A nightclub on Sunset Boulevard is trapped in adolescence, filled with outcasts and miscreants. Cut to the stage: A garage-punk rock band whirls and whips in total spastic grace, creating a maelstrom. Cut to the bar: two handsome young men provide raucous accompaniment. Cut to the crowd: Two make-out, a girl chases the rabbit down the hole; pas de deux with boy in chucks and girl in plaid. Cut to backstage: girl drinking in dressing room. Her partner lectures her, they go on, she is so lushed she trips over her own feet, falls across the floor, runs offstage. The manager storms back and yells, “Damn those drunken delinquents!” Cut back to the stage: Young frontman puts the entire audience in a trance with an extended solo. They seem to have a trouble growing up. Almost like they are the lost kids from Neverland. I couldn’t help but wonder – is Los Angeles a city that halts the ageing process?

“I never want to grow up. I’m a kid who can never sit and be quiet. I’m a genuine punk and quite frankly, I want no future,” Kourosh Erfanian tells me. Kourosh is a 19-year-old LA-based photographer who immortalises gritty youth in his black and white photographic tributes.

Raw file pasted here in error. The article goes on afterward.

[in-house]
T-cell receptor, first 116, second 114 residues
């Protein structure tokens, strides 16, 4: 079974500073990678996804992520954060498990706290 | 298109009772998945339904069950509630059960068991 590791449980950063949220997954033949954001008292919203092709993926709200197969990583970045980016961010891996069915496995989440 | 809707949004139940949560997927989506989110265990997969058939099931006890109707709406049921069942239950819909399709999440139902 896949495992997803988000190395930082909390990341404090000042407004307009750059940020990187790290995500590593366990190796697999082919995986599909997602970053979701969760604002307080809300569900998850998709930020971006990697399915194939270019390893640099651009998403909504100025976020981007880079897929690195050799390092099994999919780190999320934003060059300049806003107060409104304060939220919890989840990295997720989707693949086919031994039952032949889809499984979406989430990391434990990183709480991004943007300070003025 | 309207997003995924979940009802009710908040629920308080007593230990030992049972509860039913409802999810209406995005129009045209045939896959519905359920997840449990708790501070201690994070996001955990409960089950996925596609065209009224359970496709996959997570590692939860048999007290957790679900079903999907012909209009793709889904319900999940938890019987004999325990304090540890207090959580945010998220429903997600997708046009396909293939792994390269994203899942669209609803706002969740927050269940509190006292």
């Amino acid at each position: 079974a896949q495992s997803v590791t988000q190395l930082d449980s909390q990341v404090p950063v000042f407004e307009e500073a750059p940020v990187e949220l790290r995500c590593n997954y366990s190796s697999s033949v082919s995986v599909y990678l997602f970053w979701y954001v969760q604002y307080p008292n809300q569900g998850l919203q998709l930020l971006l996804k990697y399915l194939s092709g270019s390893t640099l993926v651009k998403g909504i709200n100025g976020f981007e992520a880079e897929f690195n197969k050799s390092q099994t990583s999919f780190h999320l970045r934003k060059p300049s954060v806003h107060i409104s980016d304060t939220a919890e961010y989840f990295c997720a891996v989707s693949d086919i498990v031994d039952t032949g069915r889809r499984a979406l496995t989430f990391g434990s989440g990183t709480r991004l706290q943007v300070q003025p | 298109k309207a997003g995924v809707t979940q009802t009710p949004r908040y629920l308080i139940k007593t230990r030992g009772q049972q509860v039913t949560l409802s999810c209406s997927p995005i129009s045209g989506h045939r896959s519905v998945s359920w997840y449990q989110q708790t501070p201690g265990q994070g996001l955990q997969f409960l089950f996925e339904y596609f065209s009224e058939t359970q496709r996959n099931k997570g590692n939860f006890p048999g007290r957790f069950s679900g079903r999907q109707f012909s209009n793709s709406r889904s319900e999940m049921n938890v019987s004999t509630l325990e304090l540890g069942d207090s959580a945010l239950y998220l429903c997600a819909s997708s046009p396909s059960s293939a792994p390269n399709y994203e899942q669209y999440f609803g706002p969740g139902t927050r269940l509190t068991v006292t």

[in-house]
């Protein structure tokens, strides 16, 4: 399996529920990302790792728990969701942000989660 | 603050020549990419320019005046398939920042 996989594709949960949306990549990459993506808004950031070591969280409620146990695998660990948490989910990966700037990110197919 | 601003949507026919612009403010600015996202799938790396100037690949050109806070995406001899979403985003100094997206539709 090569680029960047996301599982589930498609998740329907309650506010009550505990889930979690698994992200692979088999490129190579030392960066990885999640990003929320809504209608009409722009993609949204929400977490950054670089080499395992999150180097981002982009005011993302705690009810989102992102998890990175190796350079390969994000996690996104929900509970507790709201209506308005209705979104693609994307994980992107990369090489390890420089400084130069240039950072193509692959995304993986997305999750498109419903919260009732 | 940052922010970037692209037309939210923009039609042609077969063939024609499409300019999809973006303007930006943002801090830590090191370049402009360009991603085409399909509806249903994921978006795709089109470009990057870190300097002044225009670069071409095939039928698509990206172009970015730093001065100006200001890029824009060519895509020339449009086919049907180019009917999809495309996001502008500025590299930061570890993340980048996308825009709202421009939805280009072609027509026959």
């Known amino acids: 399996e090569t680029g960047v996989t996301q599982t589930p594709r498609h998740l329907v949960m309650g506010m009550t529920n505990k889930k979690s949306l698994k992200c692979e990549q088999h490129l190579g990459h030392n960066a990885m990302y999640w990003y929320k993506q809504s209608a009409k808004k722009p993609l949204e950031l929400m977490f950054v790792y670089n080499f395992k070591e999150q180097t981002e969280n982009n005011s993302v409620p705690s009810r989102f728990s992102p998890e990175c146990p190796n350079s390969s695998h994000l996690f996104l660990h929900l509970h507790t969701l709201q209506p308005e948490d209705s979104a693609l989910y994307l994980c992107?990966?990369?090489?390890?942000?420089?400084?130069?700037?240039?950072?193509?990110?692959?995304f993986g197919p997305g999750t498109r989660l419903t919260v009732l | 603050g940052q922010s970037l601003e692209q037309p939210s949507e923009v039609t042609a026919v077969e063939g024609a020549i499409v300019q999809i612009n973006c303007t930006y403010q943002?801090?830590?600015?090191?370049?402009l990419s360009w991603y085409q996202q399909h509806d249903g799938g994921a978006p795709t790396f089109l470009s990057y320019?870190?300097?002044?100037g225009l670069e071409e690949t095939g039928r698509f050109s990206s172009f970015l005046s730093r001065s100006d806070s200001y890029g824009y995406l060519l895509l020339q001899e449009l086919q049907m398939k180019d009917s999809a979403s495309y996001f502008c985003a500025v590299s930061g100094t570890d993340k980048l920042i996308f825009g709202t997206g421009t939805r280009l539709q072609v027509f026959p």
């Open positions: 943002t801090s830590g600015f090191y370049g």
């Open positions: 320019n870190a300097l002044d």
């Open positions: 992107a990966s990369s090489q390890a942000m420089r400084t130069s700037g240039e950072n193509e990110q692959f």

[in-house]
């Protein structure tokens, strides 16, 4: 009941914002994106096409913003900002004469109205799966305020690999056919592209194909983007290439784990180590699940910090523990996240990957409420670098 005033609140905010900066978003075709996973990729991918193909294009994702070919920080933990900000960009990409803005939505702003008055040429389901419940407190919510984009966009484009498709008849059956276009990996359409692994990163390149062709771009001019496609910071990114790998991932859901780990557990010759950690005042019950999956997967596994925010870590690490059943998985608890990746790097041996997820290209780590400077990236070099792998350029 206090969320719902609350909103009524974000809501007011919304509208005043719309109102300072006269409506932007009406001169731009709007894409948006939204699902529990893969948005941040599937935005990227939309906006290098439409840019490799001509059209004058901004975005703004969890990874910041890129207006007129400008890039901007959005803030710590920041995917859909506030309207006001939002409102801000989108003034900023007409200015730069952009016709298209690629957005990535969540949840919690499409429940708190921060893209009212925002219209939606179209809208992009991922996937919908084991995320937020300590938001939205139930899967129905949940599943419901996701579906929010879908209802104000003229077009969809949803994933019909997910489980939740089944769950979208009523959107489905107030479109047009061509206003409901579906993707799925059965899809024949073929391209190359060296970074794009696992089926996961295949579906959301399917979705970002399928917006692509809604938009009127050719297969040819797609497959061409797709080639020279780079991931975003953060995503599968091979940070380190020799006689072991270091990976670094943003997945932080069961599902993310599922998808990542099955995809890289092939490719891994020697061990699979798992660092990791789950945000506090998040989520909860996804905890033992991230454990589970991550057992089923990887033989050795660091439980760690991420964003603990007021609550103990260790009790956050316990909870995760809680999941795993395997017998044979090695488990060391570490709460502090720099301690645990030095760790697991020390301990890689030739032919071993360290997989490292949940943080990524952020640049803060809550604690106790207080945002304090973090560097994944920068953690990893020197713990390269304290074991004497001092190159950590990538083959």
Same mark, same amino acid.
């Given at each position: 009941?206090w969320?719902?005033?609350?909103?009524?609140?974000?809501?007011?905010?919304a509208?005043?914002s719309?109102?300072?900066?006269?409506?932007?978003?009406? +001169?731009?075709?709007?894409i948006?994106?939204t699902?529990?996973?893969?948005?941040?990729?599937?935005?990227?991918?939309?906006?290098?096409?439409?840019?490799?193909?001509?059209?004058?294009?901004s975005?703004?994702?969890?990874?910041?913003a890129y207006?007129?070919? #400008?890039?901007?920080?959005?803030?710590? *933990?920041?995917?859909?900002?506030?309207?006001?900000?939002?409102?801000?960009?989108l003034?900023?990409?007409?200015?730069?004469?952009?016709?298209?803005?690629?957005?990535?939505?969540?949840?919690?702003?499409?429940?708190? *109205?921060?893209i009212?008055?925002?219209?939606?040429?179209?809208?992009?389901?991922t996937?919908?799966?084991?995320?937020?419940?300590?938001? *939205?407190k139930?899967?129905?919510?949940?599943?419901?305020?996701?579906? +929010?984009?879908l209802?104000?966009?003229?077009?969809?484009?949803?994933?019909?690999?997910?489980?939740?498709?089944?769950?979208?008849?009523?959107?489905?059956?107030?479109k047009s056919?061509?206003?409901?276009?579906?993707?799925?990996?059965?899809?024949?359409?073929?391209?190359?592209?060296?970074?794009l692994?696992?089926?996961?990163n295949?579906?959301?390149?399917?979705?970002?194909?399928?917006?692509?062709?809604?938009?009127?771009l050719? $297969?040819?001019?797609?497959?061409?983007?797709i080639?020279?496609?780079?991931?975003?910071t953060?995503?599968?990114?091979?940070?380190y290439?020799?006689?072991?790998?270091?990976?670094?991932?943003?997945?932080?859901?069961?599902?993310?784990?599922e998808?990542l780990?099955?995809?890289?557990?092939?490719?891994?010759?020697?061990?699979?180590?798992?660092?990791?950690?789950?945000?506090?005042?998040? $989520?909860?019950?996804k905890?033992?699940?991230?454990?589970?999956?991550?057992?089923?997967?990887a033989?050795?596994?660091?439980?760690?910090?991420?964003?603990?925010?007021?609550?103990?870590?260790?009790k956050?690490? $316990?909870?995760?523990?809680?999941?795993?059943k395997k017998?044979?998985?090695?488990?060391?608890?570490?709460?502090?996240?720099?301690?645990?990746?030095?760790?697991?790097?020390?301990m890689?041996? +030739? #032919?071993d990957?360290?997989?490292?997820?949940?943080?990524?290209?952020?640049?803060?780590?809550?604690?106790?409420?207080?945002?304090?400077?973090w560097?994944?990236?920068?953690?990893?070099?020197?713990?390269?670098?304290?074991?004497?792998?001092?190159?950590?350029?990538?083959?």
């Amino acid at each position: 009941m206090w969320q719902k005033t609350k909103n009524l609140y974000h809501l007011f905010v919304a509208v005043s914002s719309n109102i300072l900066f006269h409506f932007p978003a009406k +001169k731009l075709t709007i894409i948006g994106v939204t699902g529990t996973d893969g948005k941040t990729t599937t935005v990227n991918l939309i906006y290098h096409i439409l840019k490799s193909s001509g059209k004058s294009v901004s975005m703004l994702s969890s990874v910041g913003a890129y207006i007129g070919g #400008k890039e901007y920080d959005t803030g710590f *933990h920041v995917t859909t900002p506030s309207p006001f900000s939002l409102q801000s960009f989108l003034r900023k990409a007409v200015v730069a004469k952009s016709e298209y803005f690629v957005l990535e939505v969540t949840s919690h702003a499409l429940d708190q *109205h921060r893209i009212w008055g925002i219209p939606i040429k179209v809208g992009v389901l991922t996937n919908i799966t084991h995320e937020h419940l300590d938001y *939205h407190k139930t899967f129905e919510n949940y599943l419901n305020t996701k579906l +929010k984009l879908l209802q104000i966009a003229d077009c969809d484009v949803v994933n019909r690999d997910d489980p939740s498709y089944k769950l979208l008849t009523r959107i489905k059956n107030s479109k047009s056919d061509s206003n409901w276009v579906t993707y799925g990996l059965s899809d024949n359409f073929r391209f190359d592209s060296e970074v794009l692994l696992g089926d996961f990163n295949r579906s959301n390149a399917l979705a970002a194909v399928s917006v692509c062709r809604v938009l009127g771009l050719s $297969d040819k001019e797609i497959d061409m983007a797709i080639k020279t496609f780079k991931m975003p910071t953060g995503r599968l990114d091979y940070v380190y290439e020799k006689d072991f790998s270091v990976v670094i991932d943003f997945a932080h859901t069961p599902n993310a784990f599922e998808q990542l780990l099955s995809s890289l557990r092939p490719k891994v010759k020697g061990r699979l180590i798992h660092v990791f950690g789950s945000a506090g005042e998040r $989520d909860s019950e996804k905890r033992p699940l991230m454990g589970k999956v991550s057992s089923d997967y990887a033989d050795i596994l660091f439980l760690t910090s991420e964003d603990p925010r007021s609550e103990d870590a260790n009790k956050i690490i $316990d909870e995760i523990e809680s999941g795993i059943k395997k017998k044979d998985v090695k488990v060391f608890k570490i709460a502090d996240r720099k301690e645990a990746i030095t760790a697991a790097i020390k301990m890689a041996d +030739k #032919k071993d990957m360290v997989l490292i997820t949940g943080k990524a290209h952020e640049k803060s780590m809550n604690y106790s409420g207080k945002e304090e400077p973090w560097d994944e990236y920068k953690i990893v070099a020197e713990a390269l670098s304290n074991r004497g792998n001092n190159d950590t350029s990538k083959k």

The scene clearly does not yield into capitalistic dynamics;  it is merely fuelled by guitar-melting and percussion-pounding sounds. Bands like The Garden Twins, SWMRS, Kim And The Created and FIDLAR have an illusion of invincibility and no mind for consequence. “These are the bands that shape up our culture and they know how to keep the crowd entertained. They wreak havoc, for hell’s sake.” And he is right. 

But the best part is the pragmatism and nonchalance in their appearance. It is honest. Not dictated by trends, or any other pompous nonsense. I ask Kourosh that burning question: why does it feel that people refuse to grow up? He looks at me and utters, “Because life shouldn’t be simple and thoughts shouldn’t be mature.”